Russia has built up its military forces along border with Eastern Europe
Russian forces in the Western Military District have never been more capable, analyst says.
As the U.S. reels from revelations that Russian hackers infiltrated sensitive American computer networks, a new report finds that Moscow in recent years built up and repositioned military forces in a key region that borders countries in Eastern Europe.
Moscow launched the buildup within its Western Military District, according to a December report from Poland-based analyst Konrad Muzyka. The strategically important district borders Ukraine, Belarus, and other neighboring countries. It includes the cities of Moscow and St. Petersburg, and also the heavily armed Russian exclave Kaliningrad, which is nestled on the Baltic coast between Poland and Lithuania.
The report analyzes how the Russian military has reorganized, and how it has been repositioned physically to conduct operations involving potential opponents, including Georgia and Ukraine.
"Russian forces in the Western MD have never been more capable," Muzyka observed in his report published by CNA, a research organization founded by the Virginia-based Center for Naval Analyses. "Although the defense of the homeland seems to be the primary mission, forces in the Western MD have a plethora of capabilities to engage in offensive operations in Russia’s neighborhood and quickly deliver a preponderance of power to deliver a swift victory."
Russia in recent years has aimed to improve its military overall, experts have noted. Military districts of the vast Russian Federation are divided into four geographic sectors, with a recently announced fifth district, for the Northern Fleet, to be formalized next month.
Russia increased military spending overall in the past 20 years, according to the Sweden-based Stockholm International Peace Research Institute (SIPR).
"It increased by 30 per cent in real terms between 2010 and 2019 and by 175 per cent between 2000 and 2019," reads an April assessment from SIPR. Some of the money has gone toward paying off various organizations within the arms industry for debts incurred years ago.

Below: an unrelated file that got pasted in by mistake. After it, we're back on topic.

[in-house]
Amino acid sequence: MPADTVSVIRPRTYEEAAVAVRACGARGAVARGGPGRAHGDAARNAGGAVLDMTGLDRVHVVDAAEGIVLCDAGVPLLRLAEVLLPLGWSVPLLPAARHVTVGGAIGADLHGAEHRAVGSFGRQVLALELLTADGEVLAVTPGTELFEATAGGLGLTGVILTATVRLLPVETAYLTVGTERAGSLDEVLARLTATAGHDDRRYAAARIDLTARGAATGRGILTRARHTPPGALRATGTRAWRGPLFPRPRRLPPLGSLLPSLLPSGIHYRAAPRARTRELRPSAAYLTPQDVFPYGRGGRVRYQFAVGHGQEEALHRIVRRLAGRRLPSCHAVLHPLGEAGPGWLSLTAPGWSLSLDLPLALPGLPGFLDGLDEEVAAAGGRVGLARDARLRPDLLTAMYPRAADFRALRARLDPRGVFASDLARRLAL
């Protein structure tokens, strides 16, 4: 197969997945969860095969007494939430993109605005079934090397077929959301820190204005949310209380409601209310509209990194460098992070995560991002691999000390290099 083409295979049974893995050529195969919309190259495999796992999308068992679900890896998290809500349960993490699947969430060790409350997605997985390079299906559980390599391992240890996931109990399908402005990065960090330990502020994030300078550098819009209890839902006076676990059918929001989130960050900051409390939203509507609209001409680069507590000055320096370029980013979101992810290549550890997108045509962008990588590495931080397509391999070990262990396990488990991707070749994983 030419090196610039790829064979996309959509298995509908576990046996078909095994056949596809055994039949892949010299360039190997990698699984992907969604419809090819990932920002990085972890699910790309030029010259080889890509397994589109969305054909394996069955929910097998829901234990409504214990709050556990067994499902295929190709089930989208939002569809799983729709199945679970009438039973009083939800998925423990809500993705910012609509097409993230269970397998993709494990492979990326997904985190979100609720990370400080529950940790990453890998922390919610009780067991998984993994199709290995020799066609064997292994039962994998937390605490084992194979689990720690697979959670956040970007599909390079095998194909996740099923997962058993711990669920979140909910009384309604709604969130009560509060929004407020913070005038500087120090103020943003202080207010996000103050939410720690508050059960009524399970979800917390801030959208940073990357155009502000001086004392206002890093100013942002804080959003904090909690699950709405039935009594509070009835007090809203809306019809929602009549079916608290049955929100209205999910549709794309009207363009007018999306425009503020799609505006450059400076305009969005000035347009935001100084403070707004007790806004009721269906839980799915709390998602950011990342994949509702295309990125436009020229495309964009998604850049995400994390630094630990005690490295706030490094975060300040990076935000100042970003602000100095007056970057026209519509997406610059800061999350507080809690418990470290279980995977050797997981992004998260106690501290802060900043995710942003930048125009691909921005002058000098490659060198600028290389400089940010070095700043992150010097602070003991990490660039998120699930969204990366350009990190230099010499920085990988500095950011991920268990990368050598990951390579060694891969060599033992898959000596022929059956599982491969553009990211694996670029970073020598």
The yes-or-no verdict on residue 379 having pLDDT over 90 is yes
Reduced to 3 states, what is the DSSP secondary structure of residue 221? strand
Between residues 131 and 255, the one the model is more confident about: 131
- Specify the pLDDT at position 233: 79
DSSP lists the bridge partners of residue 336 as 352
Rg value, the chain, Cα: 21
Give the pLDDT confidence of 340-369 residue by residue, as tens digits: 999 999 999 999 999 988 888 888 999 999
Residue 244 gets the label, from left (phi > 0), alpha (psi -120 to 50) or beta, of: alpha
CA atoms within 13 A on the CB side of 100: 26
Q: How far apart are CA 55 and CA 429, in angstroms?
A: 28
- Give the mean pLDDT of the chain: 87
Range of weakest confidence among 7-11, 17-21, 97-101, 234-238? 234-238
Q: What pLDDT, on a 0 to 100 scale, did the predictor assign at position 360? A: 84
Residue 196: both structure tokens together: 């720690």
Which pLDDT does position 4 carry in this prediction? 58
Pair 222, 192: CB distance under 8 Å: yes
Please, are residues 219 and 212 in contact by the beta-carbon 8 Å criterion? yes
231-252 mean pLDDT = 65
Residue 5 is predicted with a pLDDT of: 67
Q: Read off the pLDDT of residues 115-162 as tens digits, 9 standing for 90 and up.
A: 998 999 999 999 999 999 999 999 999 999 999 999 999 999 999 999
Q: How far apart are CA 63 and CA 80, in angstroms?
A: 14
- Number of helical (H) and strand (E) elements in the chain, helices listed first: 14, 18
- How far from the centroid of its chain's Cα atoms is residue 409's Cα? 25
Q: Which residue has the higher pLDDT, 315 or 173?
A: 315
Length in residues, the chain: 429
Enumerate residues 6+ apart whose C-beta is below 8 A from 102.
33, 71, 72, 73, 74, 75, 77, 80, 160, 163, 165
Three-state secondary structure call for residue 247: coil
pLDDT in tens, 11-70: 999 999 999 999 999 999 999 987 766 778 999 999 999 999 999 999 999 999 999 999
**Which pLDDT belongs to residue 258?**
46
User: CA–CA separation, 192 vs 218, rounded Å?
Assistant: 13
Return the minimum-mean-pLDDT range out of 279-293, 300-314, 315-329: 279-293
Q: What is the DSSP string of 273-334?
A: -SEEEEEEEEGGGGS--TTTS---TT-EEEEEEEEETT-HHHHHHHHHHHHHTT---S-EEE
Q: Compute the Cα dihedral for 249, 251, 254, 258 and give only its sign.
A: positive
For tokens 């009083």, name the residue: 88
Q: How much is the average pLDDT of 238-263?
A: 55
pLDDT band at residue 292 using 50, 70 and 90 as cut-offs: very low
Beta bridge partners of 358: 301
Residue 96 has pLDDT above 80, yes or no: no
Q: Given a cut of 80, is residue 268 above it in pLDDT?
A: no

In the Western Military District, though, where Moscow bases elite airborne and infantry units, much of the spending translates into building up the force.
"In 2012, the Russian ground force presence in the western parts of the country was scant," Muzyka found. "These deficiencies stemmed from a rather benign view on threats to the Russian military security, which did not assume any immediate threats."
When a new defense minister, Sergei Shoigu, took office in 2012, the border district switched gears.
"Since then, modernization and reorganization processes have swept across the district, also largely as a consequence of the Russian military involvement in Ukraine," Muzyka wrote.
Now, the analyst finds, Russia has established a heavy motorized and tank force near the border with Ukraine, and can act swiftly there or in other areas such as Belarus. Other units include artillery, aviation, special forces, and electronic warfare teams.
Troops from the Western Military District, meanwhile, have begun training for next year's version of the Army Games competitions, hosted annually by Russia. Part of the training involves defeating a mock enemy force from a variety of distances.
"Between the firing points there are a number of natural and artificial obstacles, such as a high-speed section, a slope, a track bridge, an anti-tank ditch with a passage, and a snake," the defense ministry said in a statement.
The competitions will include some 20 nations, including Belarus, China, Kyrgyzstan, and Uzbekistan - but not Ukraine.